Valentinus (100-160), was born in a small town in northern Egypt, and moved to Alexandria as a child. There he received a Greek education and became a disciple of Theudas, who himself had been a student of St Paul the Apostle.
He went to Rome about 136, and became a popular teacher – so much so that when the papal chair became vacant in 157, he was a favoured contender – and certainly himself expected to win the position. When St Anicetus won instead, Valentinus left Rome in a huff for Cyprus.
Once ensconced in that island, he began to spread teachings that he claimed were secret doctrines of St Paul, passed on to Theudas. These were something of a riff on Gnosticism and Neoplatonism – a good deity named Bythos emanating spiritual beings, the Aeons, in a higher realm. Owing to a cosmic mishap, the lowest of these beings created the physical world, in which we find our souls entrapped. Christ came to liberate us from this trap.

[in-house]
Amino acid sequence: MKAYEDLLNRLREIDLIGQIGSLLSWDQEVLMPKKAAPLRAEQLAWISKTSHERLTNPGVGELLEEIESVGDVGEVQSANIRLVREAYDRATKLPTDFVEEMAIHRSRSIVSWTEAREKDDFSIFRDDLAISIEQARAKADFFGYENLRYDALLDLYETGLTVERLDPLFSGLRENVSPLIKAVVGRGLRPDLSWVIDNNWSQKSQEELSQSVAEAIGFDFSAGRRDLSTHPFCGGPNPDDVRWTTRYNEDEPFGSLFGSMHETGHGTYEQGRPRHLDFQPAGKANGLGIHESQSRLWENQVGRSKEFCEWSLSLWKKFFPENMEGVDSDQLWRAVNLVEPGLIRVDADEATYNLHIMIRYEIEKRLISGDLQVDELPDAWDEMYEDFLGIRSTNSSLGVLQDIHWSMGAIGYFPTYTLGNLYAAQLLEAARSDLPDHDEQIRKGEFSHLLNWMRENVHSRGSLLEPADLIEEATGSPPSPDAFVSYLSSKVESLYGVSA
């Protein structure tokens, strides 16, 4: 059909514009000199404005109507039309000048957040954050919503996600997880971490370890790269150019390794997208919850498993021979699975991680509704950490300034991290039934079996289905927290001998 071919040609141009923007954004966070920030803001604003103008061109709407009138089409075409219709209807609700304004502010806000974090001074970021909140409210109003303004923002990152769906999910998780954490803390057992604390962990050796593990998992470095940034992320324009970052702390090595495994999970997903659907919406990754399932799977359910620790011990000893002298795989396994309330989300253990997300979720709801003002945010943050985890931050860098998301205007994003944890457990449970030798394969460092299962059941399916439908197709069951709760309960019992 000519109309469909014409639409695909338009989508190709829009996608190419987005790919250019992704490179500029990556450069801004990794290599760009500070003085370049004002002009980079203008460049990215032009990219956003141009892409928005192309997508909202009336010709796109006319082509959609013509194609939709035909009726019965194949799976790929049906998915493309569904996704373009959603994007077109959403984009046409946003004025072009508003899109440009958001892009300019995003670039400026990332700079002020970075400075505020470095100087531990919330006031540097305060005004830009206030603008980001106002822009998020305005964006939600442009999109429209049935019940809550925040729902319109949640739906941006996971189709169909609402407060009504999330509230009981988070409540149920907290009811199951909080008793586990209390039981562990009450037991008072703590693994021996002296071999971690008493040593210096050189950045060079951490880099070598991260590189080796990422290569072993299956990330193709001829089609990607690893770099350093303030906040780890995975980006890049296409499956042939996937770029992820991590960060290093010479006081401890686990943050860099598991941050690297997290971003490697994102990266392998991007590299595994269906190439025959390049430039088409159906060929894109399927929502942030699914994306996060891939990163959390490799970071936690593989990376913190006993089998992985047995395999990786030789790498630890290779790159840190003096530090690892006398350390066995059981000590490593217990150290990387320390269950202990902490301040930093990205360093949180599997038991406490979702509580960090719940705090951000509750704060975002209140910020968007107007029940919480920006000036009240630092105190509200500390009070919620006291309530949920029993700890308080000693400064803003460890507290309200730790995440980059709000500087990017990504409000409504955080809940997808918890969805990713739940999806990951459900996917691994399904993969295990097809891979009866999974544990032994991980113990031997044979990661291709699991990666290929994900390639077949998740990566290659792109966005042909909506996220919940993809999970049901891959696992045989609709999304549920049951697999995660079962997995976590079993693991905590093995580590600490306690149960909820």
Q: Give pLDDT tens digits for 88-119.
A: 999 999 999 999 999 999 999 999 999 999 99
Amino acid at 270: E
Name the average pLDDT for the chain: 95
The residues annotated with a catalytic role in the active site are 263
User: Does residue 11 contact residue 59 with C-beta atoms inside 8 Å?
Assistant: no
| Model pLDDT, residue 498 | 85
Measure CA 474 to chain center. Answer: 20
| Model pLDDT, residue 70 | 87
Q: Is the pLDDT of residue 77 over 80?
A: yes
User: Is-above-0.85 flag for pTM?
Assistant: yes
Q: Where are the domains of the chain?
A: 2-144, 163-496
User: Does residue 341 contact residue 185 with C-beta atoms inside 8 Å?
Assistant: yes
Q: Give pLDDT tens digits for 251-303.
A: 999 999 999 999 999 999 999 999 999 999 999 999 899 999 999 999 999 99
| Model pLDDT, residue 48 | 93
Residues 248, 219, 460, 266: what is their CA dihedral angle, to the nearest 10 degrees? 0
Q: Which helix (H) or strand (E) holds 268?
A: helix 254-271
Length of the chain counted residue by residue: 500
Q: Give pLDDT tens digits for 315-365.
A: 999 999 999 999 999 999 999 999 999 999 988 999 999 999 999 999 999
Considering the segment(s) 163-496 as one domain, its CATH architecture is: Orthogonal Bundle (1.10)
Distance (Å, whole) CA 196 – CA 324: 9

There was much more along the same lines, and the result was a body of doctrines called Valentinianism. Among other things, the Valentinians believed that mankind was divided into three varieties; the truly spiritual, who received the divine knowledge (or Gnosis) that allowed them to return to the Godhead; the ordinary Christians, who would go to a sort of cut-rate paradise; and the rest who would simply be destroyed after death. Although Valentinianism was one among many Gnostic sects in the first few centuries after Christ, it was particularly popular because of its interesting ritual and sacraments. Among these were a relatively orthodox-appearing baptismal rite, and the mysterious “Mystery of the Bedchamber” – a sort of spiritualisation of marriage, which did not, however, necessarily require consummation. Extinct relatively early, it attracted new interest after the discovery in 1945 of the Nag Hammadi library in Egypt, which contained important works of the Valentinian school.
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